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'Our first time in your fair city': Look back at Rolling Stones' 2006 Zilker Park show

The Rolling Stones (from left, Ron Wood, Mick Jagger, Charlie Watts and Keith Richards) performed in Austin at Zilker Park on Oct. 22, 2006.

The Rolling Stones have played Austin just once before, in October 2006 at Zilker Park. More than 40,000 fans, plus many more who listened from outside the event gates, witnessed the rock legends playing an 18-song set as part of the band’s two-year world tour to support its 2005 album “A Bigger Bang.”

The Stones pulled out some surprises that night, acknowledging the Lone Star State by covering Waylon Jennings’ “Bob Wills Is Still the King” and Buddy Holly’s “Learning the Game.” The show also featured two Texas openers: San Angelo trio Los Lonely Boys and Austin-via-London legend Ian McLagan, whose English bands the Small Faces and the Faces emerged from the same 1960s U.K. rock & roll scene that gave rise to the Stones.

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Radio Shack sponsored the leg of the tour that included Austin. The concert fell about 8,000 short of selling out the 50,000 capacity that had been set for Zilker. General admission tickets were $95, but many ultimately sold for less than half that price online a few days beforehand, and near the gates as fans entered on the park on Oct. 22.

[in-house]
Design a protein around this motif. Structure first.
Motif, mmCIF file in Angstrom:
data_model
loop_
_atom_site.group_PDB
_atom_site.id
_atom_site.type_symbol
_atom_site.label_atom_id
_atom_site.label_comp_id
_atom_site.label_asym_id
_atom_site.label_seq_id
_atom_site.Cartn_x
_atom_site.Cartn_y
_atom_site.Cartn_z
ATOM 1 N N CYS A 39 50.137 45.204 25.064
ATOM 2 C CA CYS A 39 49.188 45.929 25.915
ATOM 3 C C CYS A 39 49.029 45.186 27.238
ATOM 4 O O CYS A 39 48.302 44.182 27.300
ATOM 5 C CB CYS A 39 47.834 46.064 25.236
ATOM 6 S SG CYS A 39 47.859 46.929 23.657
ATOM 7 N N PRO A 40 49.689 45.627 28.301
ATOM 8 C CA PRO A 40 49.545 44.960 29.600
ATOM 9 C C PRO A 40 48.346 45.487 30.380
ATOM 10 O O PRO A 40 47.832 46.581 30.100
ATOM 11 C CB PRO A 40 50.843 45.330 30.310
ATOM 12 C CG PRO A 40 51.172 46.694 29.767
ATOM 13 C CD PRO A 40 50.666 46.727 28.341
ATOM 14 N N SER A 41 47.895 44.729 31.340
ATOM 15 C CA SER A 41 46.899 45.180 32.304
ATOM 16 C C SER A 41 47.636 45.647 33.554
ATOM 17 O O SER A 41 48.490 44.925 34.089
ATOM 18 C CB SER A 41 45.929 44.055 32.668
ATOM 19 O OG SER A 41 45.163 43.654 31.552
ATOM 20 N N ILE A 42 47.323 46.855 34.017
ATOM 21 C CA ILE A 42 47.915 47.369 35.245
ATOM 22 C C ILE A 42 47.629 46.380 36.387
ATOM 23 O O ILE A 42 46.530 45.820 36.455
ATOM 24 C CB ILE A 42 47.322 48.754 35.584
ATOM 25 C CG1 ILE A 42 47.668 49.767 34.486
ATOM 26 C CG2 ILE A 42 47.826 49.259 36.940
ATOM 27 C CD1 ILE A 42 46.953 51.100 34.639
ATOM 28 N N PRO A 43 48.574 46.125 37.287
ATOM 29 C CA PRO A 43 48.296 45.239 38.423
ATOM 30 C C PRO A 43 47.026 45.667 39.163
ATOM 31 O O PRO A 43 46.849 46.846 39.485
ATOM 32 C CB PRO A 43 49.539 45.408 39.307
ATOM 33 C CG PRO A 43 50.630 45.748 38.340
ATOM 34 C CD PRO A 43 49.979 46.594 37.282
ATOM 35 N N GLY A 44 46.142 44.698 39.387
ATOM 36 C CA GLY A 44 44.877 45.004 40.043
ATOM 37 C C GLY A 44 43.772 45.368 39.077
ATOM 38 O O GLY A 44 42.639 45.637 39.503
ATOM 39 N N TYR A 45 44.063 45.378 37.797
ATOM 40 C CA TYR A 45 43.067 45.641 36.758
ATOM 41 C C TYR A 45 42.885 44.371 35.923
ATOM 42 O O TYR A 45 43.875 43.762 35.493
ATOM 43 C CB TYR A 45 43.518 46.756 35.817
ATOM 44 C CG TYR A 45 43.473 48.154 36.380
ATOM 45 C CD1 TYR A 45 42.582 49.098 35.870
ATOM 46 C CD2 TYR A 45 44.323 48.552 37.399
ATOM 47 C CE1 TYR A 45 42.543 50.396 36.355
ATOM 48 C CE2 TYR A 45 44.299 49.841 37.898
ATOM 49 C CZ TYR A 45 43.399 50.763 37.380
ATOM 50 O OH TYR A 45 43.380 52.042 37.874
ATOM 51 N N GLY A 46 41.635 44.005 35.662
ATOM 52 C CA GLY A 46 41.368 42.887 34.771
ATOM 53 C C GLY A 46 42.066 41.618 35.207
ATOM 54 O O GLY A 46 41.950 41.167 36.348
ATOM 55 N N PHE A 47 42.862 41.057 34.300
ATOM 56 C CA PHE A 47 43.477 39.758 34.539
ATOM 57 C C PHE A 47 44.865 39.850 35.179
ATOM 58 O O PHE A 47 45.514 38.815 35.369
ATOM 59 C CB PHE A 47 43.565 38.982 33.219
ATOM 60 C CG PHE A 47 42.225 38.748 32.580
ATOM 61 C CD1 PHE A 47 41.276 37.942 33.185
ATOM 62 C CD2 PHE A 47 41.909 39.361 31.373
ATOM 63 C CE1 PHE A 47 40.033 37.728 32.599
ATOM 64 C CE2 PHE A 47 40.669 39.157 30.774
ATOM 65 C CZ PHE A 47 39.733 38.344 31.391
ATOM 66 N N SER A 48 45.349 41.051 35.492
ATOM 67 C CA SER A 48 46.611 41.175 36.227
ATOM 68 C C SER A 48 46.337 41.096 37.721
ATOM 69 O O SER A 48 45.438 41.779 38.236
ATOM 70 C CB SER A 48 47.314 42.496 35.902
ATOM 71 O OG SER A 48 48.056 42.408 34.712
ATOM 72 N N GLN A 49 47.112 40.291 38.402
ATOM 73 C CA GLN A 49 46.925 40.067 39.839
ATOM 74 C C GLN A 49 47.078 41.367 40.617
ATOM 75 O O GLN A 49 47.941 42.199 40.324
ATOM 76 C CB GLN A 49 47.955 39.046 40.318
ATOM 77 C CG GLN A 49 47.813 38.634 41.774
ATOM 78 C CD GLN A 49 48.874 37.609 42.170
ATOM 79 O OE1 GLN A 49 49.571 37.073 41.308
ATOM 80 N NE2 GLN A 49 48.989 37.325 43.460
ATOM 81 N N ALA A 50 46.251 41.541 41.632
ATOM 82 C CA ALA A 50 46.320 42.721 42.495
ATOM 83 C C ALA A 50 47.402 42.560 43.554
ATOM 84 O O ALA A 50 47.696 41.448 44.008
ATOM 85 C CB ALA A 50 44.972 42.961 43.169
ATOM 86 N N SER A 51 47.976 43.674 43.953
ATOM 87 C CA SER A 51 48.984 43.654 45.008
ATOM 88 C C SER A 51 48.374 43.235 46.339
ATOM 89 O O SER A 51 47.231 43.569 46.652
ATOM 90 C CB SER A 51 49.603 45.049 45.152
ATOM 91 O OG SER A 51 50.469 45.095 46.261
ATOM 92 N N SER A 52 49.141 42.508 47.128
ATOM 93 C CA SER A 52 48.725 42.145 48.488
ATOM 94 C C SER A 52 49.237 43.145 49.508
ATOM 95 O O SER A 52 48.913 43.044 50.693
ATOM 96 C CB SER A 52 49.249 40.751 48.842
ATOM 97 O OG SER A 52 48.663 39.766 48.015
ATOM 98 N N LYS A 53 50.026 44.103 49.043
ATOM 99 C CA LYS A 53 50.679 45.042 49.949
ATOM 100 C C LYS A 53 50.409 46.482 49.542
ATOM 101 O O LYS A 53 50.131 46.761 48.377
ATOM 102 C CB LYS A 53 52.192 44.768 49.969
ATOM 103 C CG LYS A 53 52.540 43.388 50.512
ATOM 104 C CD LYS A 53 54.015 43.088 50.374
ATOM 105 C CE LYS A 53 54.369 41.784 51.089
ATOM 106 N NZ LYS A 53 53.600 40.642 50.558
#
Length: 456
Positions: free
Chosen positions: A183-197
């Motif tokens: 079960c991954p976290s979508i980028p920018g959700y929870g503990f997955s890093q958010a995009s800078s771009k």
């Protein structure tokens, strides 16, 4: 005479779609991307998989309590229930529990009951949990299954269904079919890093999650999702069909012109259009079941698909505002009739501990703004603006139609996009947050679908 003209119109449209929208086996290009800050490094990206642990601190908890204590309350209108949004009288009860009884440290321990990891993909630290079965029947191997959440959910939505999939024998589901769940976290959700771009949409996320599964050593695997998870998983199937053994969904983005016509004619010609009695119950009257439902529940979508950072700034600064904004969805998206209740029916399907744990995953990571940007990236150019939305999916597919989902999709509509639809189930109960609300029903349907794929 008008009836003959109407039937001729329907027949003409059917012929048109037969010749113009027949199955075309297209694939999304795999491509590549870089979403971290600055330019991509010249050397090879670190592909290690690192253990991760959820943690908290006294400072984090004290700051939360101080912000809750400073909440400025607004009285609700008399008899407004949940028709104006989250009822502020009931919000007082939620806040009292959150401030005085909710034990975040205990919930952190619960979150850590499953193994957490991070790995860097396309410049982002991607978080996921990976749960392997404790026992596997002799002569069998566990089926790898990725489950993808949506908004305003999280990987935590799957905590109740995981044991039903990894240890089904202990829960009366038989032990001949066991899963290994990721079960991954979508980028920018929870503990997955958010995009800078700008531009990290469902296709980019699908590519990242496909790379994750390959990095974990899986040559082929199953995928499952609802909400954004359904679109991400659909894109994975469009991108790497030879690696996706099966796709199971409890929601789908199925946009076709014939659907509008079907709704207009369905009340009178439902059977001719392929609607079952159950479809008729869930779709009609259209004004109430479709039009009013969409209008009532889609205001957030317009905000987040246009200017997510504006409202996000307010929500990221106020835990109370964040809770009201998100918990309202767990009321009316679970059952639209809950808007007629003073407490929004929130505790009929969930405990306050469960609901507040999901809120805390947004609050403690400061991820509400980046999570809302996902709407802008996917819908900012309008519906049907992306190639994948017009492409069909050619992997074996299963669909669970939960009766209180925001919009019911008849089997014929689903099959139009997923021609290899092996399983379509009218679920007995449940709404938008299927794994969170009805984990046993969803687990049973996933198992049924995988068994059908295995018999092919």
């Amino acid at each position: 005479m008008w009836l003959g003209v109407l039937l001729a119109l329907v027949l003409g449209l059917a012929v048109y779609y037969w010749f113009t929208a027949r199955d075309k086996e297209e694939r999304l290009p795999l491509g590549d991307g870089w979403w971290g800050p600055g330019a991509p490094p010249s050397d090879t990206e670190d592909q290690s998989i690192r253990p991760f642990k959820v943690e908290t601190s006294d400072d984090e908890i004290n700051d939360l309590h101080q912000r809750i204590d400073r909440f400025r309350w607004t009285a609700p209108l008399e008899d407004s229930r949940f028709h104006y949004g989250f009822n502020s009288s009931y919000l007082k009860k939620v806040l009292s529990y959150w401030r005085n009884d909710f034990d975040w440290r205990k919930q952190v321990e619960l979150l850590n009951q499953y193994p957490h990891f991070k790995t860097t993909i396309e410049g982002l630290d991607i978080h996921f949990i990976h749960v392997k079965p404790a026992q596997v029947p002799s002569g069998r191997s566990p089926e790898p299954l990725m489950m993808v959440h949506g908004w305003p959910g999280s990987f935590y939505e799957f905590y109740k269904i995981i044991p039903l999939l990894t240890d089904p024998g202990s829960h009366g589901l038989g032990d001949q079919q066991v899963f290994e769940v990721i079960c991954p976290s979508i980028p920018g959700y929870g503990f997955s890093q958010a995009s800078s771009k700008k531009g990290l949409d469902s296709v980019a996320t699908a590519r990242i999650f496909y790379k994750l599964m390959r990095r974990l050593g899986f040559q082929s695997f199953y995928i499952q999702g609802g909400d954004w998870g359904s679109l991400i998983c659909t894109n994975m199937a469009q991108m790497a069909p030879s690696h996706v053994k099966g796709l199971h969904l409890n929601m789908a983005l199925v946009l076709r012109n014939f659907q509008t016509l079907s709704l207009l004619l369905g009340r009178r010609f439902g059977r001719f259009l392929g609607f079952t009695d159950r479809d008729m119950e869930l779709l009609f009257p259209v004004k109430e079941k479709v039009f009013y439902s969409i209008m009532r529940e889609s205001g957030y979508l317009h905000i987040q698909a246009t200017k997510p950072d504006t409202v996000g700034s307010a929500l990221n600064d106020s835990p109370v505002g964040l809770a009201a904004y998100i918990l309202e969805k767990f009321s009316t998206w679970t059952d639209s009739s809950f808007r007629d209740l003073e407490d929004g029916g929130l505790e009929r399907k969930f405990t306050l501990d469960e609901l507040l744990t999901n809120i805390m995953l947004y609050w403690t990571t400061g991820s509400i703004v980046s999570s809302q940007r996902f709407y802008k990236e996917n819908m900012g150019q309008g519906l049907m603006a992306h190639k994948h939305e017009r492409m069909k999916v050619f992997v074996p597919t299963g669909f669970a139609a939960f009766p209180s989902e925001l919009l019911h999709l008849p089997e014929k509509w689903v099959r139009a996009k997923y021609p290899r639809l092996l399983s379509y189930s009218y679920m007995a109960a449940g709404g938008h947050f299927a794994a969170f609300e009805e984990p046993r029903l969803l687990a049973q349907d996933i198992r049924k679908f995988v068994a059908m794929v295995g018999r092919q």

Here are a few excerpts from American-Statesman reviews and previews for the 2006 concert.

'Seismic cultural event'

In this day and age, your average Rolling Stones fan pays a great deal of money to be entertained by one of the most consistent rock ’n’ roll acts out on the road. Fans expect to hear the hits of their youth and maybe the occasional surprise. The Stones managed to stun a Zilker Park crowd of 42,000 (not a sellout; capacity was 50,000) by playing a rarities-packed set. …

Guitarist Ron Wood took most of the solos, with the iconic Keith Richards providing his singular rhythm. Decked out in a shiny red shirt and the world's tightest black pants, Sir Mick Jagger bounded around onstage, telling the fans repeatedly how good they looked. …

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Austin-based opener Ian McLagan and his Bump Band played a tight 40-minute set of organ-driven R&B and rock. After acknowledging the greatness of a Stones appearance in Austin, McLagan told the crowd, "They might be your favorite band, but they were my favorite band first." After all, McLagan and Stones guitarist Ron Wood did time in the Faces, England's ultimate bar band. …

The concept of a Stones tour as a seismic cultural event dates back more than 30 years.

Ray Waddell, who covers the concert industry for Billboard magazine, told the American-Statesman, “The band rewrote touring history a bunch of times. It's just innovation after innovation. You can almost chart the course of this business by Stones tours.”